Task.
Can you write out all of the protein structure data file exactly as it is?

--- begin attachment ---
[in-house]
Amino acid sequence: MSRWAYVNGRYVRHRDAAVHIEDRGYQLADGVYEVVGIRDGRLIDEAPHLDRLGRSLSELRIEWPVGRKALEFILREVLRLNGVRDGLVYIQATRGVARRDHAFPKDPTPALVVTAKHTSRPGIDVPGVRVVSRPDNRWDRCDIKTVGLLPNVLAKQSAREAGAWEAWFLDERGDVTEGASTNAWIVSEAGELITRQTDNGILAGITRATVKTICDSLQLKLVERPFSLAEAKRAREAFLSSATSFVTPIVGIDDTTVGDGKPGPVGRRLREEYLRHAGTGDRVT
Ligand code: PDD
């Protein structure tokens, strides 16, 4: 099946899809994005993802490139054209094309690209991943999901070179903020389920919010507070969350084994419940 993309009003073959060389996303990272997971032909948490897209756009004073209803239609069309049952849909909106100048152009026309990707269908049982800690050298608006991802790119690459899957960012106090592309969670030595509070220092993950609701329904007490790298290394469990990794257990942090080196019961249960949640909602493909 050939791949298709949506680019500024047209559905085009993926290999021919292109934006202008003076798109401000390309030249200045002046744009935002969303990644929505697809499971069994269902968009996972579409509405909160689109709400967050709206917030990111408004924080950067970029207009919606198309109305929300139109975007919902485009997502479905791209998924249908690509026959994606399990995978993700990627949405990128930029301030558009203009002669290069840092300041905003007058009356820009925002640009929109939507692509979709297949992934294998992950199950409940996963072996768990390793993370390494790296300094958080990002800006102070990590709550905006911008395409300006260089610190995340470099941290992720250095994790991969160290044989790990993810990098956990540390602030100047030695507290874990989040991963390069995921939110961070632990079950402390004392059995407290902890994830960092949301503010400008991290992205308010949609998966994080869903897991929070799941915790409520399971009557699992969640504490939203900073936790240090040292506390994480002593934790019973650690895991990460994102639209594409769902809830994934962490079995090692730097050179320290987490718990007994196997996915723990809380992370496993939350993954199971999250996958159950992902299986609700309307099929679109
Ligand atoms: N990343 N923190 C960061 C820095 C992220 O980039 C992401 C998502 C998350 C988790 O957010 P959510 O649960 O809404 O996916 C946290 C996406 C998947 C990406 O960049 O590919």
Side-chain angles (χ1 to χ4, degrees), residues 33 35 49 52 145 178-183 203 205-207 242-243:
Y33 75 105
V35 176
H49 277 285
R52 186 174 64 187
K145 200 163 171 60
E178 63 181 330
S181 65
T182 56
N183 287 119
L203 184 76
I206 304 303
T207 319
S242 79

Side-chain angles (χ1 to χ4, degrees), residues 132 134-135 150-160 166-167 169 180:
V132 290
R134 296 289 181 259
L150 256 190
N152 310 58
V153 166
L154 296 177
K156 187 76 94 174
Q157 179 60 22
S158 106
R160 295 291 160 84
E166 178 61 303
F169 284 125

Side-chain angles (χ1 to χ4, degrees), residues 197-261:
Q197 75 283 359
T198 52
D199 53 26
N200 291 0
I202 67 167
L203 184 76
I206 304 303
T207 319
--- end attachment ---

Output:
[in-house]
Amino acid sequence: MSRWAYVNGRYVRHRDAAVHIEDRGYQLADGVYEVVGIRDGRLIDEAPHLDRLGRSLSELRIEWPVGRKALEFILREVLRLNGVRDGLVYIQATRGVARRDHAFPKDPTPALVVTAKHTSRPGIDVPGVRVVSRPDNRWDRCDIKTVGLLPNVLAKQSAREAGAWEAWFLDERGDVTEGASTNAWIVSEAGELITRQTDNGILAGITRATVKTICDSLQLKLVERPFSLAEAKRAREAFLSSATSFVTPIVGIDDTTVGDGKPGPVGRRLREEYLRHAGTGDRVT
Ligand code: PDD
């Protein structure tokens, strides 16, 4: 099946899809994005993802490139054209094309690209991943999901070179903020389920919010507070969350084994419940 993309009003073959060389996303990272997971032909948490897209756009004073209803239609069309049952849909909106100048152009026309990707269908049982800690050298608006991802790119690459899957960012106090592309969670030595509070220092993950609701329904007490790298290394469990990794257990942090080196019961249960949640909602493909 050939791949298709949506680019500024047209559905085009993926290999021919292109934006202008003076798109401000390309030249200045002046744009935002969303990644929505697809499971069994269902968009996972579409509405909160689109709400967050709206917030990111408004924080950067970029207009919606198309109305929300139109975007919902485009997502479905791209998924249908690509026959994606399990995978993700990627949405990128930029301030558009203009002669290069840092300041905003007058009356820009925002640009929109939507692509979709297949992934294998992950199950409940996963072996768990390793993370390494790296300094958080990002800006102070990590709550905006911008395409300006260089610190995340470099941290992720250095994790991969160290044989790990993810990098956990540390602030100047030695507290874990989040991963390069995921939110961070632990079950402390004392059995407290902890994830960092949301503010400008991290992205308010949609998966994080869903897991929070799941915790409520399971009557699992969640504490939203900073936790240090040292506390994480002593934790019973650690895991990460994102639209594409769902809830994934962490079995090692730097050179320290987490718990007994196997996915723990809380992370496993939350993954199971999250996958159950992902299986609700309307099929679109
Ligand atoms: N990343 N923190 C960061 C820095 C992220 O980039 C992401 C998502 C998350 C988790 O957010 P959510 O649960 O809404 O996916 C946290 C996406 C998947 C990406 O960049 O590919």
Side-chain angles (χ1 to χ4, degrees), residues 33 35 49 52 145 178-183 203 205-207 242-243:
Y33 75 105
V35 176
H49 277 285
R52 186 174 64 187
K145 200 163 171 60
E178 63 181 330
S181 65
T182 56
N183 287 119
L203 184 76
I206 304 303
T207 319
S242 79

Side-chain angles (χ1 to χ4, degrees), residues 132 134-135 150-160 166-167 169 180:
V132 290
R134 296 289 181 259
L150 256 190
N152 310 58
V153 166
L154 296 177
K156 187 76 94 174
Q157 179 60 22
S158 106
R160 295 291 160 84
E166 178 61 303
F169 284 125

Side-chain angles (χ1 to χ4, degrees), residues 197-261:
Q197 75 283 359
T198 52
D199 53 26
N200 291 0
I202 67 167
L203 184 76
I206 304 303
T207 319